Terracotta Warriors

For the last stop we flew to Xi’an, home of the famed Terracotta Warriors. Xi’an is a two hour flight inland, and it is fueled by the surrounding coal plants. As we were landing you couldn’t help notice the smog that shrouded the city. Our guide told us that in Xi’an they would rather breath the dirty air from the coal plants than die from radiation that would result in an accident at one of the many nuclear power plants around which Shanghai is built. Hmm…that’s an interesting choice.

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Coal plant in the city

In Xi’an we visited a large Buddhist temple, museum, and calligraphy studio before hitting the sack early. We wanted to be well rested for the main event tomorrow.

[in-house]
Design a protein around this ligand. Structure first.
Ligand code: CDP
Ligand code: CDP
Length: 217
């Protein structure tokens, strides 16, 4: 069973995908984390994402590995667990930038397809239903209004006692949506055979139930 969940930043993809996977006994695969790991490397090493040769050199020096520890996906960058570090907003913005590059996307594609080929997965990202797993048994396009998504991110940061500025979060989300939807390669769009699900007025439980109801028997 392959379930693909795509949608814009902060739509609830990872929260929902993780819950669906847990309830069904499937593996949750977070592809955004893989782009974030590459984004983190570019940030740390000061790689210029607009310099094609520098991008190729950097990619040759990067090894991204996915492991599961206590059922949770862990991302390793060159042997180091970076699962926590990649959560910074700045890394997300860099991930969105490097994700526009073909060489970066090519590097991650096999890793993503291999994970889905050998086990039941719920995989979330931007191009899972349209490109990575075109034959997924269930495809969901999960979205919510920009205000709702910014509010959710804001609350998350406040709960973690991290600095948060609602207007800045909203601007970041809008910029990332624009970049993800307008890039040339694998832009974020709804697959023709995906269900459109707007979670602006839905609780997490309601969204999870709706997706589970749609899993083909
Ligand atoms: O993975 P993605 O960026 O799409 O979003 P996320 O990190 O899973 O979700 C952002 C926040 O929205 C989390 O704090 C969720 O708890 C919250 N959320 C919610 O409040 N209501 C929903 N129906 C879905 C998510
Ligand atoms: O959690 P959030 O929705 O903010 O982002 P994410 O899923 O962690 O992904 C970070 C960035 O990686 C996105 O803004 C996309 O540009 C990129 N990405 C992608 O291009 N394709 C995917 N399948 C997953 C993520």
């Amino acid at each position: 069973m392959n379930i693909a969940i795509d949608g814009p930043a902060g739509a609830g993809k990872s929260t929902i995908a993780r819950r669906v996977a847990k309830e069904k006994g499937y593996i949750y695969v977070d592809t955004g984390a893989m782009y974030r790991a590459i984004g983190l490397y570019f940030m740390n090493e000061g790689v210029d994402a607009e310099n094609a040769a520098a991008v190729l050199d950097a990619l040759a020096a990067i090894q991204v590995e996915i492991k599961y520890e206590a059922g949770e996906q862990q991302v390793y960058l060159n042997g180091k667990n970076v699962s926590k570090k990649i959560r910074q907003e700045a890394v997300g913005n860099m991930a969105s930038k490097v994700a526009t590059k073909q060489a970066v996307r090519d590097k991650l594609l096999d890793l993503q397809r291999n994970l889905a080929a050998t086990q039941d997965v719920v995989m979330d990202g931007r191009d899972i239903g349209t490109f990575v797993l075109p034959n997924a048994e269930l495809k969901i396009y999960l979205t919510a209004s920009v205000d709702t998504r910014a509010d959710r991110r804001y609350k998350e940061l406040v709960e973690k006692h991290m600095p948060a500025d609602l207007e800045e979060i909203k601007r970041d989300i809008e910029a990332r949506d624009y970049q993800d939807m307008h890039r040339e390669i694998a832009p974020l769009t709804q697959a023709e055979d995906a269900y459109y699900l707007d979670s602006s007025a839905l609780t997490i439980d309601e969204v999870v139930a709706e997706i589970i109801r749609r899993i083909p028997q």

The Terracotta Warriors are located about a 90 minute drive outside of Xi’an. The huge archeological site was discover in 1974 when a farmer discovered the clay army while digging a well. Ever since, the Chinese government has been excavating the area and creating a popular tourist destination.img_9904

The short story behind the Warriors is that the first Emperor of China, Qin Shi Huang began creating the clay army when he began his rule in 210BC. The army of well over 8,000 figures was created to protect him in the afterlife. The army consists of soldiers, officers, horses, chariots, and more were buried 23 feet deep. Since its discovery hundreds of artifacts have been restored. It is estimated that it will take over 100 years to fully excavate the area.

It was a long journey to Xi’an but seeing the Warriors and the massive pits in which they are buried was definitely worth the trip.

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